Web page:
We have choices when we develop people, whether it is kids, soccer players, team members, employees, or anyone. We can give them the goals and the tools and guide their process or we can tell them how to complete the job. One of these is development and growth, the other is obedience to a system.
If we stick to formulas and what has been done before we will only see the results we have seen before. If we allow room for creativity, accept mistakes, and learn from the moments that didn’t go well we will create an environment of growth, and that is how success becomes part of the DNA.
This week we’ll look at the traits of the successful empire builders, and the traits of the less successful. It may sound obvious, but the biggest key to success – whether you are coaching a High School team or one of the biggest clubs in the world, know your people.
This week we have looked at the importance of having a healthy attitude towards winning, and that winning should be the result we are working towards if we are competing. There are a number of reasons we may play a sport: health and fitness, social meetings, fun, the feeling of being on a team, injury…
A desire to win is a great thing. However, we need to make sure our drive is to internal and improves us, and not external for the trophies. if we allow our need to win trophies take over, it isn’t long before an asterisk is placed next to our name and spoken alongside names like Tonya Harding, Lance Armstrong, the Deflatriots, and Diego Maradona.
As the team over at Keep It On The Deck said, the problem isn’t with wanting to win, the problem is with the attitude some people have towards it. Winning is the outcome of development and the coaches who put the most into developing will be the ones who get the best results.
I once had a boss who would use the phrase “Hope is not a plan” (this is the same person who would also say “Perception is reality” so there’s your point of reference). My boss was wrong, hope is a plan (and perception is not reality). OK, it’s not the whole plan, but any plan…
In the last post we looked at the idea of how positive thinking can be a negative. It seems counter-intuitive to think of positive thinking being something that could hinder our success, but in this article we’ll look at the trap people can get into if they believe positive thinking alone will change their world,…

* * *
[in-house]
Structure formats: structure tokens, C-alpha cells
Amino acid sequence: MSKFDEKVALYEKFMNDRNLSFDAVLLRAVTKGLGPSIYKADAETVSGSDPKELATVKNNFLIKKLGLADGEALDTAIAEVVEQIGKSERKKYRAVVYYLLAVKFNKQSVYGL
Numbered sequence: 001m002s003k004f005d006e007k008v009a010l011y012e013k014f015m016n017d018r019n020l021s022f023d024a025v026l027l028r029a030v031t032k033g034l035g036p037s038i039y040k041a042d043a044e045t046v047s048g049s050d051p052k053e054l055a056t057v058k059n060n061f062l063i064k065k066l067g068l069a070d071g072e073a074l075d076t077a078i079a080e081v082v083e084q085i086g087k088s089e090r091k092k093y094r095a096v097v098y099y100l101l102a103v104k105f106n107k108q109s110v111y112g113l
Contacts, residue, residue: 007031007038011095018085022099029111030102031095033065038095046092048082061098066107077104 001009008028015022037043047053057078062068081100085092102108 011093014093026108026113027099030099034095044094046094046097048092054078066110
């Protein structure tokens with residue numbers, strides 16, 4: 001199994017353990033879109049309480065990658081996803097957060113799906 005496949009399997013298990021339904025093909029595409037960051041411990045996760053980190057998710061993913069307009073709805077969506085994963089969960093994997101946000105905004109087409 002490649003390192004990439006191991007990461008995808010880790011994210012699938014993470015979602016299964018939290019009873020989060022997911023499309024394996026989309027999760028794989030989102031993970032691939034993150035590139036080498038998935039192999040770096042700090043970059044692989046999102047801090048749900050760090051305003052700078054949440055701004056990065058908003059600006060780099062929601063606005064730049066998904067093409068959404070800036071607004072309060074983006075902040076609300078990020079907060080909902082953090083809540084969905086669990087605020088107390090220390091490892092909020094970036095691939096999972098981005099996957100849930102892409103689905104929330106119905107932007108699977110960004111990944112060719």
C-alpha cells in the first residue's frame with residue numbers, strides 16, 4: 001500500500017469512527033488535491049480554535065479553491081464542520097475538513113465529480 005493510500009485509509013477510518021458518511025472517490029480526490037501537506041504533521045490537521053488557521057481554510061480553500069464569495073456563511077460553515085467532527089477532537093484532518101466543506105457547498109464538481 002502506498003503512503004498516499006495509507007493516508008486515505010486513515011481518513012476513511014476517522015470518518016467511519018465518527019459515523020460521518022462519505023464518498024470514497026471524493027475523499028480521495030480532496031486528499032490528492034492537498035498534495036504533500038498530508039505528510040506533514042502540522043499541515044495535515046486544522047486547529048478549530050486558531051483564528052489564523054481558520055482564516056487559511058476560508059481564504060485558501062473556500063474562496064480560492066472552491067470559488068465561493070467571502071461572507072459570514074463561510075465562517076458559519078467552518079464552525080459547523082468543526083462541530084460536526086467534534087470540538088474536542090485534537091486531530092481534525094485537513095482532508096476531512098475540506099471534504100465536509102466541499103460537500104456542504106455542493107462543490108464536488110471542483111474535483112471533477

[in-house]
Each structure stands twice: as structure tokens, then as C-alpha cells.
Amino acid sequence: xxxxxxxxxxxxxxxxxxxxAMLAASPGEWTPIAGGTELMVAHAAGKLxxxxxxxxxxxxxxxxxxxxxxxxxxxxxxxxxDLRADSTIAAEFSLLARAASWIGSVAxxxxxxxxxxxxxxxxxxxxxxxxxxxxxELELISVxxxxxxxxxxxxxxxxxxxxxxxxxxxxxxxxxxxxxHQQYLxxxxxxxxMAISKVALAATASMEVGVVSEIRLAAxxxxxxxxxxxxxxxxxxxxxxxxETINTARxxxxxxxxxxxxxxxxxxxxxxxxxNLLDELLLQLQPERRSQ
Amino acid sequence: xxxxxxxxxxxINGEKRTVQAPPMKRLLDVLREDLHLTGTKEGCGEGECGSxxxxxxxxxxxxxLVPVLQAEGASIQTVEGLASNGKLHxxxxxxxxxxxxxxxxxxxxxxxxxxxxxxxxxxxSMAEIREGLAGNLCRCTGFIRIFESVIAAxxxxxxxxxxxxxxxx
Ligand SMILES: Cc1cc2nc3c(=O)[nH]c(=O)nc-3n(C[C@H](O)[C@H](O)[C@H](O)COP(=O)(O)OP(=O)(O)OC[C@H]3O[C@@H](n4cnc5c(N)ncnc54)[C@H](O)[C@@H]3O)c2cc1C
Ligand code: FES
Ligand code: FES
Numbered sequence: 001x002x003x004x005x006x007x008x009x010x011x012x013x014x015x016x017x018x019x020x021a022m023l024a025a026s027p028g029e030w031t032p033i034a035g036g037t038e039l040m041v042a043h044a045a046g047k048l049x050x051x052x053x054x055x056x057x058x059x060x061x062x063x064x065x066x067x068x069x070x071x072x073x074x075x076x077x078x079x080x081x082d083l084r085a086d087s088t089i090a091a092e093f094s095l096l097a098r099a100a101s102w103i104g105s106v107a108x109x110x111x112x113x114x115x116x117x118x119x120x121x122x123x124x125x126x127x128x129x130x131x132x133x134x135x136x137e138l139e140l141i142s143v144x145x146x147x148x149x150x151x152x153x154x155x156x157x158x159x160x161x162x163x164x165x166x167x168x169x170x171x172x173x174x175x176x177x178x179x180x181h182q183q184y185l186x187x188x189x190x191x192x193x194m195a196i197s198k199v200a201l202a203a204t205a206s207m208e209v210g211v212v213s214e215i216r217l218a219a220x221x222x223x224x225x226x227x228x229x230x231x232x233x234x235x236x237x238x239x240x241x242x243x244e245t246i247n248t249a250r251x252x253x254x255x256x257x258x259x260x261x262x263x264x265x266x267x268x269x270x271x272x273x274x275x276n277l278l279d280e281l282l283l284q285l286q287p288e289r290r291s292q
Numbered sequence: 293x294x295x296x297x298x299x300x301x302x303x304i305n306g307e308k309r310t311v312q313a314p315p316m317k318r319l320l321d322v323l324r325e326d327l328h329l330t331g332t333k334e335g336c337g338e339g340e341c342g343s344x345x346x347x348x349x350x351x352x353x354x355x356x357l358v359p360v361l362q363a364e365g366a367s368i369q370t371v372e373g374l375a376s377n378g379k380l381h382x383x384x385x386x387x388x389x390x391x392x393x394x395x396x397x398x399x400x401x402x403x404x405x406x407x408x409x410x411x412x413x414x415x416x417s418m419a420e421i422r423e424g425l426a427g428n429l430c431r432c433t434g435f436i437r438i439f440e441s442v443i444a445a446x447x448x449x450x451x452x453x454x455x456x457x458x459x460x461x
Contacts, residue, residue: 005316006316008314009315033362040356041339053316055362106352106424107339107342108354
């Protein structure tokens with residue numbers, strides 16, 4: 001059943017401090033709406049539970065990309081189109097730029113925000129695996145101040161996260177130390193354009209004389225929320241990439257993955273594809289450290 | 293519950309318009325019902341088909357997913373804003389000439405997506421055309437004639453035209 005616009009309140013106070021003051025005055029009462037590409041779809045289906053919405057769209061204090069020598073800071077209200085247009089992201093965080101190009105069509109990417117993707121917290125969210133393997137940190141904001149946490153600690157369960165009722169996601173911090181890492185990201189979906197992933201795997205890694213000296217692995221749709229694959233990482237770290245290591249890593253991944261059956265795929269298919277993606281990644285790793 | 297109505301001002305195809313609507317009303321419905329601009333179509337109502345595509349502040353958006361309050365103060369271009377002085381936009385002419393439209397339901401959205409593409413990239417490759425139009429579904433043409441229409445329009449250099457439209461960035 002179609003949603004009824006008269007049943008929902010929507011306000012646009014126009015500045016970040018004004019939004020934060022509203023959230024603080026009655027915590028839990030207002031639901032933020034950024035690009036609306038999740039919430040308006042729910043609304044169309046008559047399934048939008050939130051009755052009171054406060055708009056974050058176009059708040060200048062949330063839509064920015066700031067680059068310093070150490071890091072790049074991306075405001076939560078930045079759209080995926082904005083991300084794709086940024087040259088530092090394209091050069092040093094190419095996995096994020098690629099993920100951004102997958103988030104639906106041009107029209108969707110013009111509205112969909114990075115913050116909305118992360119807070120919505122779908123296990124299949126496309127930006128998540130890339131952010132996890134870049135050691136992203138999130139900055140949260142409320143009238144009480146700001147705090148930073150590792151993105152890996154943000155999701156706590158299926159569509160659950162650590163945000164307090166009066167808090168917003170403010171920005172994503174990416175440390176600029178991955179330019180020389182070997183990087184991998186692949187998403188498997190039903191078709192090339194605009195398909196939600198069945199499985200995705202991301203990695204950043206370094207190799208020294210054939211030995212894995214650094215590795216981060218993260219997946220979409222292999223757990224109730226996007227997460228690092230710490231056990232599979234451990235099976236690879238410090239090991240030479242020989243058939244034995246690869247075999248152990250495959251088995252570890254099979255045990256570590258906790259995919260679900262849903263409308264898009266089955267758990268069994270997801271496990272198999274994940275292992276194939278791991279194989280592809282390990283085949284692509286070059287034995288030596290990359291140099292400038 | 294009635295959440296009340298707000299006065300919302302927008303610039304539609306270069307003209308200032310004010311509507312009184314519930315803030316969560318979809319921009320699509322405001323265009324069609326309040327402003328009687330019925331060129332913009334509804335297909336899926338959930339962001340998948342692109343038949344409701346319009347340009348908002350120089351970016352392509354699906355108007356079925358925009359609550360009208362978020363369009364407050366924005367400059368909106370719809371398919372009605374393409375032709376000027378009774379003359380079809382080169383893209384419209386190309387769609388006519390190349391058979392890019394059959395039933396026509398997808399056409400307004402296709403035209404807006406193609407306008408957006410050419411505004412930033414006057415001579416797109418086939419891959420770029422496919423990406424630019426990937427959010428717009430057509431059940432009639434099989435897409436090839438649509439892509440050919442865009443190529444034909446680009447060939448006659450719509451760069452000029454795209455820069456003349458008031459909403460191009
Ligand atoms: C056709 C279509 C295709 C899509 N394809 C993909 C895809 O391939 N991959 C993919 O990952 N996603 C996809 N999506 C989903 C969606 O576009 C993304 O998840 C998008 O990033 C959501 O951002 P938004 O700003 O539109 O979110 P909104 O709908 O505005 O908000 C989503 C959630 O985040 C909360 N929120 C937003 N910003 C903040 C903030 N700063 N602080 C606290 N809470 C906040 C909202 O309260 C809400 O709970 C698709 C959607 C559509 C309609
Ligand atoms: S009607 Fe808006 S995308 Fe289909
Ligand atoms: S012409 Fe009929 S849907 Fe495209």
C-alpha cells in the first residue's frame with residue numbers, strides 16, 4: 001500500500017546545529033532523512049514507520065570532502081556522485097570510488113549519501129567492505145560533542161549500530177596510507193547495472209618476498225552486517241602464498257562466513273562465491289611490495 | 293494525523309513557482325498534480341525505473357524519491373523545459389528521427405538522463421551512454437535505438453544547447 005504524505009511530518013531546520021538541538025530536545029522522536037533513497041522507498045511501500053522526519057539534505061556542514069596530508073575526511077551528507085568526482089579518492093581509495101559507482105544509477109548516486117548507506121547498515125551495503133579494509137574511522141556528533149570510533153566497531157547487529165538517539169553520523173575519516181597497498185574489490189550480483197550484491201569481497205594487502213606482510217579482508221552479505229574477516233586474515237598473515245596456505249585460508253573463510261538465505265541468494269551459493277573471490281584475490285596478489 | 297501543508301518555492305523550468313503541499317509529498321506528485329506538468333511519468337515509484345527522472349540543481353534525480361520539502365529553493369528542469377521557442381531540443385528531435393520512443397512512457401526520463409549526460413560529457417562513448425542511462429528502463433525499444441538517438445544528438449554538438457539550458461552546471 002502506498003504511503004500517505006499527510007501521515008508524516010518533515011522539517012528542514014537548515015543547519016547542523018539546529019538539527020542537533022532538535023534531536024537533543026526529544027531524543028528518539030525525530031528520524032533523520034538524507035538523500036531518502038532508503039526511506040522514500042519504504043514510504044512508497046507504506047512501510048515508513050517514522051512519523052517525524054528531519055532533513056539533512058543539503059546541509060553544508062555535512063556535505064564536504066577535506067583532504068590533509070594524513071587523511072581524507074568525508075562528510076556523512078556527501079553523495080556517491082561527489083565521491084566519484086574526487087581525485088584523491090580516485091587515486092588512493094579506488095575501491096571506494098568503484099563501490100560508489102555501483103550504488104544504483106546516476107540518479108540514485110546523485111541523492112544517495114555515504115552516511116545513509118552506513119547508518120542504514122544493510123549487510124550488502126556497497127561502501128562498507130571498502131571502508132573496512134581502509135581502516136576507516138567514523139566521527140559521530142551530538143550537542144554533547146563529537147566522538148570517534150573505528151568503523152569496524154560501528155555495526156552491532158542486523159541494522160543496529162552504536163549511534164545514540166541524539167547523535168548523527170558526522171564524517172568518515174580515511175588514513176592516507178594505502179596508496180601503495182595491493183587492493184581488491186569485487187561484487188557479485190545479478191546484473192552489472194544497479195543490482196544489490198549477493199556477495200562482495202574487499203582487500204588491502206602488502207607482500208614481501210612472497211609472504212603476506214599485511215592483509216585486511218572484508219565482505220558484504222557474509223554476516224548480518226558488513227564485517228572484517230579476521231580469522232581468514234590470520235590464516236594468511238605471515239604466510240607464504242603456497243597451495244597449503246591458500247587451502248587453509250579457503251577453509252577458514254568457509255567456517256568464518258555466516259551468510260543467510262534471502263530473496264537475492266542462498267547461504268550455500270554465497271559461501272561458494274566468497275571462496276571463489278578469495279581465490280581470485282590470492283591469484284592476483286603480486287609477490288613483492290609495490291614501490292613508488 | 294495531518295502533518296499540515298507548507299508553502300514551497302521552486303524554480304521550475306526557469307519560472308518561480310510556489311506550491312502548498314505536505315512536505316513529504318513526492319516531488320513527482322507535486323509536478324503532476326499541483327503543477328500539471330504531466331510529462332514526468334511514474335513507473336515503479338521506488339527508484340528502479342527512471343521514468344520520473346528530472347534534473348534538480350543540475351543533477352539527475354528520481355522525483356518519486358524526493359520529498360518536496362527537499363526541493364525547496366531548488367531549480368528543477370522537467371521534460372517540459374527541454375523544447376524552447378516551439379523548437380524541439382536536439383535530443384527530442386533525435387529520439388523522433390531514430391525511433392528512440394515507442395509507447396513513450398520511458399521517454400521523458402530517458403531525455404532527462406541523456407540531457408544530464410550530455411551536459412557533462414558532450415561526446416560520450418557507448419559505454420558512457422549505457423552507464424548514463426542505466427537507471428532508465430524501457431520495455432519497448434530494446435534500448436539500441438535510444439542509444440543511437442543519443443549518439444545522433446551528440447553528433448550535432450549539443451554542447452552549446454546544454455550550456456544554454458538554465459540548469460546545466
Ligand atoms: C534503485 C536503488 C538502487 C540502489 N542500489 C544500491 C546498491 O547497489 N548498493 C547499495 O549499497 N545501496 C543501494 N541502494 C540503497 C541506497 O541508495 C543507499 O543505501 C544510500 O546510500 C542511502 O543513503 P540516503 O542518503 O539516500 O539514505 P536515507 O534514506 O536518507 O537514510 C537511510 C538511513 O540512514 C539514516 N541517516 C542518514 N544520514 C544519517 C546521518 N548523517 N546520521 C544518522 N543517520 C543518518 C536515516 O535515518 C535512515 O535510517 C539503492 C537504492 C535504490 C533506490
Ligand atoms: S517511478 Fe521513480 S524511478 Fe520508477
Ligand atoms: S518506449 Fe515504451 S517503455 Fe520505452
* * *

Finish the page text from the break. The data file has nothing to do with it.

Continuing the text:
The sun shines and the rain falls on the righteous and the evil alike. Life happens to us all, the good, the bad, and the ugly. Positive psychology isn’t the belief that positive thinking brings positive results. Positive psychology is the belief that there is a point and purpose to our actions, we can grow in skill, and we can make our world a better place. Positive psychology is a fuel for action, not spaceology.
A coach should be judged on their long-term performance, not just results. Manchester United recently won the U18 title, but their U23 team was relegated. There are many U23 players on loan at other teams or even in the Manchester United first team. When the U18s are the best, and the U23s are developed and playing at higher levels, this is what success in coaching looks like.
Focus on the things you want to see. If you tell your penalty taker to “not miss” what are they thinking of? Keep your sight on the target you want to hit, and act accordingly. Focus on what you want to see, not what you want to stop.
#youthsport #soccer #coaching #behaviour #goals #performance #development #rewards #reinforcement #winning
What are your goals? Is your focus simply to win games? Are you looking for immediate success or long-term success? What will players say in the years to come? We won some trophies? Is that the goal, or would you rather they remember you for the lessons you taught them about winning, losing, hard work, dedication, team work, and the groundwork that goes into winning?
Coaches will make mistakes. It will always happen but we can limit the ongoing impact of those mistakes and it is better to lose a few games while developing players than win games without growth or integrity, which we will talk about later in this series.
The third and final approach we will look at this week comes from down under. We looked at Iceland‘s island mentality of never leaving the 18 yard box, and then Switzerland who aren’t really that much of an underdog but quietly go about their business. Today we’ll look at Australia. Australia opened their World Cup…